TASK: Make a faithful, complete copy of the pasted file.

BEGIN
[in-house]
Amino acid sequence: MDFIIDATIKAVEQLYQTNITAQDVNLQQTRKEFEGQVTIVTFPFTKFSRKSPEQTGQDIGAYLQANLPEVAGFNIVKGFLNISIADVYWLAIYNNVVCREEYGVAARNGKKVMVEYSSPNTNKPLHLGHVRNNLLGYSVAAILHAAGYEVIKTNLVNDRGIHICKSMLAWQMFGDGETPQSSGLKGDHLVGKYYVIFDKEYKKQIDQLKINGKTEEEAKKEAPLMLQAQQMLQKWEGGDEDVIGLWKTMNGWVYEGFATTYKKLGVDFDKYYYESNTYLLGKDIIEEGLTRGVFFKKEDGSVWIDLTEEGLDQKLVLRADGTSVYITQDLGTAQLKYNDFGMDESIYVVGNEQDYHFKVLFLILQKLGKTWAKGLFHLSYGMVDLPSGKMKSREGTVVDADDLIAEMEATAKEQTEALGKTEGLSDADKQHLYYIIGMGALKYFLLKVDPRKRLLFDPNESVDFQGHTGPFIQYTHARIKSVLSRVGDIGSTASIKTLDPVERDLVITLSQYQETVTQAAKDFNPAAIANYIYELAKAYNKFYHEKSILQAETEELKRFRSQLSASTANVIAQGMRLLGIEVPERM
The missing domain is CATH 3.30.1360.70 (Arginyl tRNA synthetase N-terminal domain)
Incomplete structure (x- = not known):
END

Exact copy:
[in-house]
Amino acid sequence: MDFIIDATIKAVEQLYQTNITAQDVNLQQTRKEFEGQVTIVTFPFTKFSRKSPEQTGQDIGAYLQANLPEVAGFNIVKGFLNISIADVYWLAIYNNVVCREEYGVAARNGKKVMVEYSSPNTNKPLHLGHVRNNLLGYSVAAILHAAGYEVIKTNLVNDRGIHICKSMLAWQMFGDGETPQSSGLKGDHLVGKYYVIFDKEYKKQIDQLKINGKTEEEAKKEAPLMLQAQQMLQKWEGGDEDVIGLWKTMNGWVYEGFATTYKKLGVDFDKYYYESNTYLLGKDIIEEGLTRGVFFKKEDGSVWIDLTEEGLDQKLVLRADGTSVYITQDLGTAQLKYNDFGMDESIYVVGNEQDYHFKVLFLILQKLGKTWAKGLFHLSYGMVDLPSGKMKSREGTVVDADDLIAEMEATAKEQTEALGKTEGLSDADKQHLYYIIGMGALKYFLLKVDPRKRLLFDPNESVDFQGHTGPFIQYTHARIKSVLSRVGDIGSTASIKTLDPVERDLVITLSQYQETVTQAAKDFNPAAIANYIYELAKAYNKFYHEKSILQAETEELKRFRSQLSASTANVIAQGMRLLGIEVPERM
The missing domain is CATH 3.30.1360.70 (Arginyl tRNA synthetase N-terminal domain)
Incomplete structure (x- = not known):